Mike Odd has a tough job. He's the man in charge of Mac Sabbath, the world's greatest drive-through metal band that's made up of twisted doppelgangers of McDonaldland inhabitants led by a creepy clown who's got a problem with fast food and sings about it via Black Sabbath songs.
An instant sensation after Black Sabbath posted its video for "Frying Pan," a reworking of "Iron Man," on Facebook and Twitter in 2015, Mac Sabbath burst out of Southern California and has been wreaking its fries-meet-heavy-rock havoc around the world since then.
"When you're a weirdo, you hold certain things near and dear," Odd said in a recent phone interview. "Black Sabbath invented heavy metal, punk rock, goth, everything that's cool. In the late 1960s, there was nothing as creepy and ominous as Black Sabbath. They've really influenced everything you love if you're a counterculture weirdo. And there's no bigger weirdo than Ronald."
- Paul Koudounaris
- Mac Sabbath
Ronald would be Ronald Osbourne, the twisted genius behind Mac Sabbath, who bears a striking resemblance to a certain clown from the fast-food chain that shall not be named — for copyright infringement purposes — and shares his last name with Black Sabbath's star, Ozzy.
He's joined in Mac Sabbath by cheeseburger-headed guitarist Slayer Mac Cheeze, gumdrop-shaped bassist Grimalice (who may or may not be related to Grimace), and drummer Catburglar, a particularly twisted cross between the Hamburglar and The Catman from Kiss.
Their repertoire consists of Black Sabbath songs repurposed for Ronald's campaign to free the earth of fast food. So "Paranoid" becomes "Pair-a-Buns," "Sweet Leaf" is, in Mac Sabbath's hands, "Sweet Beef," and "Never Say Die" becomes "Never Say Diet."
"A lot of people look at it and think it's a pro-fast food culture thing," Odd said. "In the same way they look at Black Sabbath and think they're doing a commercial for evil at large. Then you break down the lyrics, and they were making a warning about evil. This is a warning about fast food and the evils it will do to your soul."
The band started out playing small shows. Then came the social media posts from Black Sabbath.
"That's what really made it happen," Odd said. "You've got to give it up to Black Sabbath, not just for influencing the band, but for promoting the band. It wouldn't have gotten to this level if they didn't get the joke and support it."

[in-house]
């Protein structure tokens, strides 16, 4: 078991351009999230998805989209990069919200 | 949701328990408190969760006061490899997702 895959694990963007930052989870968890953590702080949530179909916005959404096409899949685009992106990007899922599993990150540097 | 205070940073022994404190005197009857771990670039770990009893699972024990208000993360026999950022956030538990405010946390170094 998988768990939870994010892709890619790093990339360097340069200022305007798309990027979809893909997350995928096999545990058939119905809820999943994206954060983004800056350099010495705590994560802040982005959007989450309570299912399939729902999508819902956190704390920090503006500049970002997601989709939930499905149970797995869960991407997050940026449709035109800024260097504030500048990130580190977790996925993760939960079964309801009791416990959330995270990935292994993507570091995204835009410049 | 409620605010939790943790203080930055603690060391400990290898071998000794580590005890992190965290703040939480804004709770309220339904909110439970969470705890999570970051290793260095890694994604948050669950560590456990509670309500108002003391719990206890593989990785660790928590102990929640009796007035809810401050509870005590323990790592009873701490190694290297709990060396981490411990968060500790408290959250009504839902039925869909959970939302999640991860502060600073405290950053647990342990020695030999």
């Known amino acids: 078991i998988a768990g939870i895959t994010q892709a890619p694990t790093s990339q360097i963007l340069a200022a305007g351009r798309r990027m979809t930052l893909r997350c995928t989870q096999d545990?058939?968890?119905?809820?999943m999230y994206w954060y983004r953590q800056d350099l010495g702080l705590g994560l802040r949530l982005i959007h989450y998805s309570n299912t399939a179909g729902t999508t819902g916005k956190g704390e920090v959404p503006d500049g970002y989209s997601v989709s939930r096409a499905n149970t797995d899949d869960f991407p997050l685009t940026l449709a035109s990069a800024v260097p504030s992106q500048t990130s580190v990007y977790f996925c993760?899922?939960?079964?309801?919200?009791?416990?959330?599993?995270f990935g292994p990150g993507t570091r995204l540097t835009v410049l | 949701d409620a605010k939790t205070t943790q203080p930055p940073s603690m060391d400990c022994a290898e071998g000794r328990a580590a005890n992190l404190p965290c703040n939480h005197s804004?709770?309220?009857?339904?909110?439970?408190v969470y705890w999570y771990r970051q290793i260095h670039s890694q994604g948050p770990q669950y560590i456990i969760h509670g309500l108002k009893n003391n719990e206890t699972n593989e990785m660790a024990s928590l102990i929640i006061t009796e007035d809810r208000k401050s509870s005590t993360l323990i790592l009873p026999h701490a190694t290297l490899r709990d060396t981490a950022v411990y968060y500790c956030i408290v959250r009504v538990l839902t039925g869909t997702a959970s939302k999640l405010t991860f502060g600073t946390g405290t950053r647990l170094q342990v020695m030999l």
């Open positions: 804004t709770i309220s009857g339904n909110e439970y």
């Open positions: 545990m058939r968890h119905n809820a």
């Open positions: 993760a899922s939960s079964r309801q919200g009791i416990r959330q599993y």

The Black Sabbath post landed the band an invitation to play England's Download Festival, along with Kiss, Judas Priest, and Mötley Crüe. Returning to the U.S., Mac Sabbath got out of California and has extensively toured, continuing to connect with fans around the country.
"There's something that happened with these characters and Black Sabbath," he said. "I guess it's the way they work together so well. They're both so psychedelic and 1970s and creepy at the same time. There's something about the nature of people who like Black Sabbath that relates to the cheeseburger culture as well."
For now, Mac Sabbath exists only on stage, with Grimalice shredding and Osbourne being Osbourne.
"You're talking about a disturbed clown who maintains he's traveled in the time/space continuum from the 1970s to warn us about the evils of fast food," said Odd of Osbourne. "So you have a person — I don't know if person is the right word — you're looking at an entity who is constantly battling technology."
What it ultimately is is good, clean, loud-rocking fun for the whole family — at least that's how Odd sees it.
"One of the most amazing things about it is it looks like this big, scary, gnarly thing with these laser-eyed skull clowns and this heavy, creepy music," he said. "When you break it all down, everything he's doing is a kid-friendly, family thing. There's no R-rated stuff. No sex or drugs. Ronald doesn't work blue. It's an entertaining thing the family could enjoy." Mac Sabbath plays the Hi Tone Tuesday, September 3rd at 9 p.m. $20.